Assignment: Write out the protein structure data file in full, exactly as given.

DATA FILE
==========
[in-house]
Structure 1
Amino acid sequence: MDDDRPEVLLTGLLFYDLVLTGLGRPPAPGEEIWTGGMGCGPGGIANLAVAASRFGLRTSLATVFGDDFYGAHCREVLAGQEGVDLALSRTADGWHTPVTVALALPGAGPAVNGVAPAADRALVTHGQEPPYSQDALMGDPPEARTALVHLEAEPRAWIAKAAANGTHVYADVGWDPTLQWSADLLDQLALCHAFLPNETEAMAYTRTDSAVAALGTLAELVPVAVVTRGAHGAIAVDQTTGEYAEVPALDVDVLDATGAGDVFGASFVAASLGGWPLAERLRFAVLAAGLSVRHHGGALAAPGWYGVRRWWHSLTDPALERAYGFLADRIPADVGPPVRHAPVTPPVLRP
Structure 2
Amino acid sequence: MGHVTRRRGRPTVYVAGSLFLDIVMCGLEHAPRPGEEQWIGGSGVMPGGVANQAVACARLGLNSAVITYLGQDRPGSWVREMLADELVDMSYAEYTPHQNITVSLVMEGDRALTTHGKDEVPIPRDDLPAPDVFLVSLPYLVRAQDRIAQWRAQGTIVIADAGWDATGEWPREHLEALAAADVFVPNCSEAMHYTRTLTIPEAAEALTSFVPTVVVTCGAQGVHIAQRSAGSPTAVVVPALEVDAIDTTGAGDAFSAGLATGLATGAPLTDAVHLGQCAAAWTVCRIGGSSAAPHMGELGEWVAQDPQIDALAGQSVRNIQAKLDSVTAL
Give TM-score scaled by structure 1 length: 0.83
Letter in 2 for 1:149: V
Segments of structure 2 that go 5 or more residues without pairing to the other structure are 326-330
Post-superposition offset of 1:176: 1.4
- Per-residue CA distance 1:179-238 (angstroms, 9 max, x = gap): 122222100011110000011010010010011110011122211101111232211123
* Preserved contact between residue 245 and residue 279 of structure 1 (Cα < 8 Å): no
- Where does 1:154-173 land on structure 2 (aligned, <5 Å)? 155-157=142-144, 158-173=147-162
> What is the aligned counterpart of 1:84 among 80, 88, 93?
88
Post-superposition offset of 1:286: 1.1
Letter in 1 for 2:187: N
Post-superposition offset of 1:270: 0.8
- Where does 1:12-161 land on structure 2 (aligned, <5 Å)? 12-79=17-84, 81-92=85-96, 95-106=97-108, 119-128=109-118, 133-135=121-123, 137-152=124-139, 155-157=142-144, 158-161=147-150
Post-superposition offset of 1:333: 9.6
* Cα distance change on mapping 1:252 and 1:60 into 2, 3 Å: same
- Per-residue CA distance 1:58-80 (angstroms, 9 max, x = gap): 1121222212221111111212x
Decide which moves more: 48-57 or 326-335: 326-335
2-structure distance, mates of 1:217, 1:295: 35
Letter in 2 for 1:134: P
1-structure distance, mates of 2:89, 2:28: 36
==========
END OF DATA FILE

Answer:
[in-house]
Structure 1
Amino acid sequence: MDDDRPEVLLTGLLFYDLVLTGLGRPPAPGEEIWTGGMGCGPGGIANLAVAASRFGLRTSLATVFGDDFYGAHCREVLAGQEGVDLALSRTADGWHTPVTVALALPGAGPAVNGVAPAADRALVTHGQEPPYSQDALMGDPPEARTALVHLEAEPRAWIAKAAANGTHVYADVGWDPTLQWSADLLDQLALCHAFLPNETEAMAYTRTDSAVAALGTLAELVPVAVVTRGAHGAIAVDQTTGEYAEVPALDVDVLDATGAGDVFGASFVAASLGGWPLAERLRFAVLAAGLSVRHHGGALAAPGWYGVRRWWHSLTDPALERAYGFLADRIPADVGPPVRHAPVTPPVLRP
Structure 2
Amino acid sequence: MGHVTRRRGRPTVYVAGSLFLDIVMCGLEHAPRPGEEQWIGGSGVMPGGVANQAVACARLGLNSAVITYLGQDRPGSWVREMLADELVDMSYAEYTPHQNITVSLVMEGDRALTTHGKDEVPIPRDDLPAPDVFLVSLPYLVRAQDRIAQWRAQGTIVIADAGWDATGEWPREHLEALAAADVFVPNCSEAMHYTRTLTIPEAAEALTSFVPTVVVTCGAQGVHIAQRSAGSPTAVVVPALEVDAIDTTGAGDAFSAGLATGLATGAPLTDAVHLGQCAAAWTVCRIGGSSAAPHMGELGEWVAQDPQIDALAGQSVRNIQAKLDSVTAL
Give TM-score scaled by structure 1 length: 0.83
Letter in 2 for 1:149: V
Segments of structure 2 that go 5 or more residues without pairing to the other structure are 326-330
Post-superposition offset of 1:176: 1.4
- Per-residue CA distance 1:179-238 (angstroms, 9 max, x = gap): 122222100011110000011010010010011110011122211101111232211123
* Preserved contact between residue 245 and residue 279 of structure 1 (Cα < 8 Å): no
- Where does 1:154-173 land on structure 2 (aligned, <5 Å)? 155-157=142-144, 158-173=147-162
> What is the aligned counterpart of 1:84 among 80, 88, 93?
88
Post-superposition offset of 1:286: 1.1
Letter in 1 for 2:187: N
Post-superposition offset of 1:270: 0.8
- Where does 1:12-161 land on structure 2 (aligned, <5 Å)? 12-79=17-84, 81-92=85-96, 95-106=97-108, 119-128=109-118, 133-135=121-123, 137-152=124-139, 155-157=142-144, 158-161=147-150
Post-superposition offset of 1:333: 9.6
* Cα distance change on mapping 1:252 and 1:60 into 2, 3 Å: same
- Per-residue CA distance 1:58-80 (angstroms, 9 max, x = gap): 1121222212221111111212x
Decide which moves more: 48-57 or 326-335: 326-335
2-structure distance, mates of 1:217, 1:295: 35
Letter in 2 for 1:134: P
1-structure distance, mates of 2:89, 2:28: 36